The Saiga-12 has been a fixture in my collection for some time and sported a lovely 20-round drum mag loaded with 12 gauge 9-pellet 00 buckshot. Accessories are plentiful for the Saiga and one of its benefits is its acceptance of 20-round drum magazines. Due to the mounting platform of the Saiga, the optic was mounted too far forward for useful sighting. Several of us commented this ACOG’s eye relief was noticeably shorter than the real deal. If you’re unfamiliar with the ACOG, the eye relief is exceptionally short to start. Thus, this venture was exceptionally terrifying when used with heavier recoil firearms where the optic was mounted more to the rear. The Saiga blasted through 20 rounds of buckshot much to our enjoyment. Meanwhile, the optic held on for dear life without any obvious external issues sans the earlier loose screws.
For the final test, we discussed mounting to a Howitzer or M1 Abrams. Unfortunately, despite extensive efforts, we fell short and settled on mounting the optic to a Barrett M82A1 CQB .50 BMG. This rifle may have fallen from a suspicious balloon that passed overhead or not. I’ll leave our acquisition of this weapon to the reader’s imagination. The .50 BMG is quite the boomer of a cartridge. For comparison, a 55-grain .223 projectile exits the barrel at roughly 3,000 fps. The .50 BMG obtains similar velocity except with a projectile weighing 12 times that amount (660 grains or approximately 1.5 ounces). It’s the difference between getting hit by a bicycle or getting hit by a Honda at 20 mph. Neither are pleasant to experience, but one has more guaranteed negative outcomes for the recipient.
The optic was mounted to the top rail of the Barrett and thoroughly tightened. There was a consensus of doubt the screws would hold up to such recoil but we were willing to accept that in the name of science. As covered earlier, the eye relief is somewhat short on this optic compared to the real deal. To say this was unsettling when placed on top of a .50 BMG is an understatement. Fortunately, none of us left with blurred vision, lacerations, or a concussion as a consequence of the short eye relief atop a .50.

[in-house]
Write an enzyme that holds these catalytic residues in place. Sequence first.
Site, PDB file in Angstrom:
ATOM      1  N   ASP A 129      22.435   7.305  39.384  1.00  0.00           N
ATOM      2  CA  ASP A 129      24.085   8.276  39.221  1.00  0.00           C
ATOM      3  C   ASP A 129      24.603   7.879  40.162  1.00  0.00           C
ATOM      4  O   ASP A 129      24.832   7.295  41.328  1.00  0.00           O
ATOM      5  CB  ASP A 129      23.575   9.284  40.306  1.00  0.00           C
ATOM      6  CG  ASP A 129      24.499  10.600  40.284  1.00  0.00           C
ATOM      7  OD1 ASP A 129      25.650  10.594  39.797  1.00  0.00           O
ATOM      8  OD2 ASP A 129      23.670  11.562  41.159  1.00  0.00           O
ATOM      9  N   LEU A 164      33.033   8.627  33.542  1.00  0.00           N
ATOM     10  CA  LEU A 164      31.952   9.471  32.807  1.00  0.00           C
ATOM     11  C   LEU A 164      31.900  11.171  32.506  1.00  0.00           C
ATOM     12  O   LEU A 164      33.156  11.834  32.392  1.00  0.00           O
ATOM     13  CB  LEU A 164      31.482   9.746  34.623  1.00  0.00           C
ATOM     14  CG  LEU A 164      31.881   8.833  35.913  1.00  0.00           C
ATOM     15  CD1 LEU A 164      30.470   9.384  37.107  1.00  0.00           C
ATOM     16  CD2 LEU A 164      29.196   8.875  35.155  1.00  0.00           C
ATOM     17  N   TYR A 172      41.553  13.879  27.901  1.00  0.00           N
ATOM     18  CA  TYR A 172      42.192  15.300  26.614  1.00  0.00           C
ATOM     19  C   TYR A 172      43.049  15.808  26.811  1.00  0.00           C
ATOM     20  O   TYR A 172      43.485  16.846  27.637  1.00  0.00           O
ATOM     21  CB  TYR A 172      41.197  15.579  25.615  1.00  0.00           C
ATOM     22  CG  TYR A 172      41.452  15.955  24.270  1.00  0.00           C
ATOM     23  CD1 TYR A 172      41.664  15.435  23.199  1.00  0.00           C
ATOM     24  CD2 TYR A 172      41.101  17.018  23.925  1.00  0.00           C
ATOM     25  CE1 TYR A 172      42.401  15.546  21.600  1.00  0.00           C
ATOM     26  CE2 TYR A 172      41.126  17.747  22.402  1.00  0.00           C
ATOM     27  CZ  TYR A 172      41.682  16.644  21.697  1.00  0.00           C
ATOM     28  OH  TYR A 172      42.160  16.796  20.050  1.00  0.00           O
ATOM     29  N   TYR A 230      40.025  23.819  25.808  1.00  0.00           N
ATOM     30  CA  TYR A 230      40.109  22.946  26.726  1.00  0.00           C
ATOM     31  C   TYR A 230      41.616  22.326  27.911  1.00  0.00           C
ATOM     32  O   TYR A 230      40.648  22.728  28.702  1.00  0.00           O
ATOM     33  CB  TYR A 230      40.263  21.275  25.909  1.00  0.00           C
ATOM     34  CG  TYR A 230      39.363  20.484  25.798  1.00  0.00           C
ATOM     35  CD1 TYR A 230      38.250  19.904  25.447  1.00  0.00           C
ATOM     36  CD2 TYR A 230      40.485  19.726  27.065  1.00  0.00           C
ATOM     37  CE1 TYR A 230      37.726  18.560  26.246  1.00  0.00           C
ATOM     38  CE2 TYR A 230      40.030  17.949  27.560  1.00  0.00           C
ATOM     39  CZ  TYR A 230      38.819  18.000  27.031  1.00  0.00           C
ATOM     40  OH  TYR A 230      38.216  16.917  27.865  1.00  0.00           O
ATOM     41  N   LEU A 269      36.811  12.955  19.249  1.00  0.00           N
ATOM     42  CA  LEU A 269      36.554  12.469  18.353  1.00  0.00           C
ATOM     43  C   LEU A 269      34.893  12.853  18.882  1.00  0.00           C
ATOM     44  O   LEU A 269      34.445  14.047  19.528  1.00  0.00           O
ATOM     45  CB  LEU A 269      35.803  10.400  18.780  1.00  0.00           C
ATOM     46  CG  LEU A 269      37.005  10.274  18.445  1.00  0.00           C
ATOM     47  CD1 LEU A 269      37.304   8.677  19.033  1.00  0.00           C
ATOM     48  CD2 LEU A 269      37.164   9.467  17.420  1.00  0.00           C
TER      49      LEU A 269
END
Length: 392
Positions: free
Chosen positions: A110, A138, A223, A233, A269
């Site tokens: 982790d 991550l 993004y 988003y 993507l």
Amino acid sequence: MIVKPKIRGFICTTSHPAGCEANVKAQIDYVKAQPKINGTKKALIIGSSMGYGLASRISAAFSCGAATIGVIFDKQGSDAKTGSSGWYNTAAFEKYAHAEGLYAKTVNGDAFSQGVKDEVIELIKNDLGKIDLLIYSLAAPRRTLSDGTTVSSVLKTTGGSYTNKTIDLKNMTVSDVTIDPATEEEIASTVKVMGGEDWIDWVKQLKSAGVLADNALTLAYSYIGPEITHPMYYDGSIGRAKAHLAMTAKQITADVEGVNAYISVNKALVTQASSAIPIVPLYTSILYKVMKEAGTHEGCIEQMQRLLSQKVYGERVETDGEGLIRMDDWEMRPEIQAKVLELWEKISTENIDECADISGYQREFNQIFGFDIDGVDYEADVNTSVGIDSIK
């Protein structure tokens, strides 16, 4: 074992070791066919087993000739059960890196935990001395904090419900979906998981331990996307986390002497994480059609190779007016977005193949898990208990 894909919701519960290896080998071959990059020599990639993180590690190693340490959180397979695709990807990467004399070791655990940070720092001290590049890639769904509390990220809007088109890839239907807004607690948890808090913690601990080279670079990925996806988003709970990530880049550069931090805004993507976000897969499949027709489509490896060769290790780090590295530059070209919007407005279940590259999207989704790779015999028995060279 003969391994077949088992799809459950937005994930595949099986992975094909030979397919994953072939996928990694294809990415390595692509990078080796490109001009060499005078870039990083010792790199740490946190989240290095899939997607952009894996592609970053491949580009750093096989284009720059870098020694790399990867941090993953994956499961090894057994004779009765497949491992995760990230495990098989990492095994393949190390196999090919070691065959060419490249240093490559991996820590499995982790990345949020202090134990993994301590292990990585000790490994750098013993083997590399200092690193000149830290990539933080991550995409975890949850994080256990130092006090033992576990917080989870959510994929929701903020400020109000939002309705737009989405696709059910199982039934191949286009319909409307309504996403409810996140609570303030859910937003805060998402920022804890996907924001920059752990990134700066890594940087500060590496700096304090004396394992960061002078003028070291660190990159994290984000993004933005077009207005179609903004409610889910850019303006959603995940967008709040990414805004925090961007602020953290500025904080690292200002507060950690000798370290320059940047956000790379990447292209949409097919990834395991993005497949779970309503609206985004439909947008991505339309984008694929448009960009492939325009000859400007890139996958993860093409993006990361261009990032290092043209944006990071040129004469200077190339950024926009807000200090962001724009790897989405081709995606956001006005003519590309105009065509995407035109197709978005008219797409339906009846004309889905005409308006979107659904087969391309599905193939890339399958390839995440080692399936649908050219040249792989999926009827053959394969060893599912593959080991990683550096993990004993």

The Barrett’s magazine was loaded with 10 spicy rounds of .50 BMG and I stepped in as the sacrificial lamb. After five rounds (including three rapid fire), nothing appeared loose, broken, or damaged. The remainder of the magazine was finished off with nothing worthy of further commentary besides some impressive muzzle blasts in the dust and gravel from the .50.
Returning to Zero
After the dust settled, the discount ACOG was returned back to its current home on the KS-47. We immediately recognized an issue as the point-of-aim and point-of-impact were not the same. At no point during the testing did we change zero or adjust windage or elevation from initial zero to returning the scope to the KS-47. The optic drifted approximately six inches right and eight inches low at 25 yards during testing. This is a substantial change of zero from start to finish.
After re-zeroing, which was achieved to our surprise, the KS-47 gave the optic another ride of approximately 90 rounds of 7.62x39mm. The discount ACOG still appeared to maintain zero and steel hits continued to ring out consistently out to 50 yards.
Is the Knockoff as Good as the Genuine?
I didn’t have high hopes for a $60 optic to perform well under repeated, sustained recoil. Surprisingly, it held zero relatively well under the mild recoil of an intermediate caliber like 7.62x39mm. Unfortunately, the optic didn’t maintain zero when exposed to more pronounced recoil nor did the components hold up. While it’s easy to tighten the occasional loose screw, I would prefer not to fix gear that shouldn’t break and want confidence my equipment can sustain some basic wear and tear. The Wish.com ACOG didn’t provide that kind of reassurance.
On first appearances, a knockoff ACOG can appear comparable to a genuine one. Appearances are deceiving and, if the price doesn’t match the purported quality, it’s probably not going to perform to that standard. A real ACOG will not lose zero nor should you see the screws work loose. The cost of a real ACOG is worth the quality, durability, and reputation against a cheap imitation. While we’re impressed the imitation somewhat held up, it’s not worth it to get catfished by an optic because it looks like the real deal but is cheap. Inexpensive optics have a place but they also have a more limited range of applications. Would I bet my life on an optic from wish.com? Simply, no. As a mentor once said to me, “There are durable scopes. There are cheap scopes. However, there are rarely durable cheap scopes.”